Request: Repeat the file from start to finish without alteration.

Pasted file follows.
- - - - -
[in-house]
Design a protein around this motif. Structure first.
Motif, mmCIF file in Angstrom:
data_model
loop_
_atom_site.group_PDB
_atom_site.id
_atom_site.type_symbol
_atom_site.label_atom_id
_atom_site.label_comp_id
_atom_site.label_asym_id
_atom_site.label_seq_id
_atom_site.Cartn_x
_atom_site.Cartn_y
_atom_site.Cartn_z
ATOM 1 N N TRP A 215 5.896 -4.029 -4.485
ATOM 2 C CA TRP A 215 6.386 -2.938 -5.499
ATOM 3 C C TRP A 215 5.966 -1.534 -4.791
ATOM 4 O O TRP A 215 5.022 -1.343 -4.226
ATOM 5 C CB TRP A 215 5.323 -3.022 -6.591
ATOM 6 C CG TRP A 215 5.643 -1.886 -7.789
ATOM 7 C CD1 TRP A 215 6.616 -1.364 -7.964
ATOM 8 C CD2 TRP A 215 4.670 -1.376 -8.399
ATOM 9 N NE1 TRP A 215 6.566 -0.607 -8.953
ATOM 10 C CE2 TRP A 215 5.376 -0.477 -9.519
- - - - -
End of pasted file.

[in-house]
Design a protein around this motif. Structure first.
Motif, mmCIF file in Angstrom:
data_model
loop_
_atom_site.group_PDB
_atom_site.id
_atom_site.type_symbol
_atom_site.label_atom_id
_atom_site.label_comp_id
_atom_site.label_asym_id
_atom_site.label_seq_id
_atom_site.Cartn_x
_atom_site.Cartn_y
_atom_site.Cartn_z
ATOM 1 N N TRP A 215 5.896 -4.029 -4.485
ATOM 2 C CA TRP A 215 6.386 -2.938 -5.499
ATOM 3 C C TRP A 215 5.966 -1.534 -4.791
ATOM 4 O O TRP A 215 5.022 -1.343 -4.226
ATOM 5 C CB TRP A 215 5.323 -3.022 -6.591
ATOM 6 C CG TRP A 215 5.643 -1.886 -7.789
ATOM 7 C CD1 TRP A 215 6.616 -1.364 -7.964
ATOM 8 C CD2 TRP A 215 4.670 -1.376 -8.399
ATOM 9 N NE1 TRP A 215 6.566 -0.607 -8.953
ATOM 10 C CE2 TRP A 215 5.376 -0.477 -9.519